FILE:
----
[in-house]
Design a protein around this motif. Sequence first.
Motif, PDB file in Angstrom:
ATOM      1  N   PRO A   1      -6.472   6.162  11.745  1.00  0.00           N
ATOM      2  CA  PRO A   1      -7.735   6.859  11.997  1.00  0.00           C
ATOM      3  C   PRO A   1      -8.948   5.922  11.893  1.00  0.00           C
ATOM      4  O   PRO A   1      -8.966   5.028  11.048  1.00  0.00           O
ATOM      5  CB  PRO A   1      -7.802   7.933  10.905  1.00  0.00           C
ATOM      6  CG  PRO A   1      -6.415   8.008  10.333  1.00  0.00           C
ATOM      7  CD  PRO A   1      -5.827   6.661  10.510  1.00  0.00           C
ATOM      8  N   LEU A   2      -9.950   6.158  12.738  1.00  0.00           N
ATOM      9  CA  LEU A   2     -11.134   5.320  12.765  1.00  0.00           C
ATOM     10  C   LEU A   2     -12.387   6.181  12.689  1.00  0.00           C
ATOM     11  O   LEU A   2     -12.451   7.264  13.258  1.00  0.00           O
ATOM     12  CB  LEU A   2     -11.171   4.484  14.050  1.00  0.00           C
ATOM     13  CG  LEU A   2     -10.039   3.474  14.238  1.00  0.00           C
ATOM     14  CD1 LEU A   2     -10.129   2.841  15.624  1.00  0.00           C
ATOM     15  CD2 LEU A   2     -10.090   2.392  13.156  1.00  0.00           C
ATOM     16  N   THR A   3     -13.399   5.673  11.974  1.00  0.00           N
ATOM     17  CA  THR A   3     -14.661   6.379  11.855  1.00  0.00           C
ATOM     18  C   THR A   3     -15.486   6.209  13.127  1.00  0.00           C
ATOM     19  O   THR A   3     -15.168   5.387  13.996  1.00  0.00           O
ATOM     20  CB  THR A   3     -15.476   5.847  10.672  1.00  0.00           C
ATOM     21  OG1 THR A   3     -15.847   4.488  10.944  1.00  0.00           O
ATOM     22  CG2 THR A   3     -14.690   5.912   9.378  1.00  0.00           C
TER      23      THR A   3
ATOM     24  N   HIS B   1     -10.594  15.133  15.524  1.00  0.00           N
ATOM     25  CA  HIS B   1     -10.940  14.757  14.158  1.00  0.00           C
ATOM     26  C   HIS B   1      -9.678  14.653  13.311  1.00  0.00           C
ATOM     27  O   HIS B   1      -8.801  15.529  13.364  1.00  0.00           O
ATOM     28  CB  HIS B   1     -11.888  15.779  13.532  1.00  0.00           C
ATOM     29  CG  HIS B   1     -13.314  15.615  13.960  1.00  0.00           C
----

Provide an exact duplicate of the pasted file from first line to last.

[in-house]
Design a protein around this motif. Sequence first.
Motif, PDB file in Angstrom:
ATOM      1  N   PRO A   1      -6.472   6.162  11.745  1.00  0.00           N
ATOM      2  CA  PRO A   1      -7.735   6.859  11.997  1.00  0.00           C
ATOM      3  C   PRO A   1      -8.948   5.922  11.893  1.00  0.00           C
ATOM      4  O   PRO A   1      -8.966   5.028  11.048  1.00  0.00           O
ATOM      5  CB  PRO A   1      -7.802   7.933  10.905  1.00  0.00           C
ATOM      6  CG  PRO A   1      -6.415   8.008  10.333  1.00  0.00           C
ATOM      7  CD  PRO A   1      -5.827   6.661  10.510  1.00  0.00           C
ATOM      8  N   LEU A   2      -9.950   6.158  12.738  1.00  0.00           N
ATOM      9  CA  LEU A   2     -11.134   5.320  12.765  1.00  0.00           C
ATOM     10  C   LEU A   2     -12.387   6.181  12.689  1.00  0.00           C
ATOM     11  O   LEU A   2     -12.451   7.264  13.258  1.00  0.00           O
ATOM     12  CB  LEU A   2     -11.171   4.484  14.050  1.00  0.00           C
ATOM     13  CG  LEU A   2     -10.039   3.474  14.238  1.00  0.00           C
ATOM     14  CD1 LEU A   2     -10.129   2.841  15.624  1.00  0.00           C
ATOM     15  CD2 LEU A   2     -10.090   2.392  13.156  1.00  0.00           C
ATOM     16  N   THR A   3     -13.399   5.673  11.974  1.00  0.00           N
ATOM     17  CA  THR A   3     -14.661   6.379  11.855  1.00  0.00           C
ATOM     18  C   THR A   3     -15.486   6.209  13.127  1.00  0.00           C
ATOM     19  O   THR A   3     -15.168   5.387  13.996  1.00  0.00           O
ATOM     20  CB  THR A   3     -15.476   5.847  10.672  1.00  0.00           C
ATOM     21  OG1 THR A   3     -15.847   4.488  10.944  1.00  0.00           O
ATOM     22  CG2 THR A   3     -14.690   5.912   9.378  1.00  0.00           C
TER      23      THR A   3
ATOM     24  N   HIS B   1     -10.594  15.133  15.524  1.00  0.00           N
ATOM     25  CA  HIS B   1     -10.940  14.757  14.158  1.00  0.00           C
ATOM     26  C   HIS B   1      -9.678  14.653  13.311  1.00  0.00           C
ATOM     27  O   HIS B   1      -8.801  15.529  13.364  1.00  0.00           O
ATOM     28  CB  HIS B   1     -11.888  15.779  13.532  1.00  0.00           C
ATOM     29  CG  HIS B   1     -13.314  15.615  13.960  1.00  0.00           C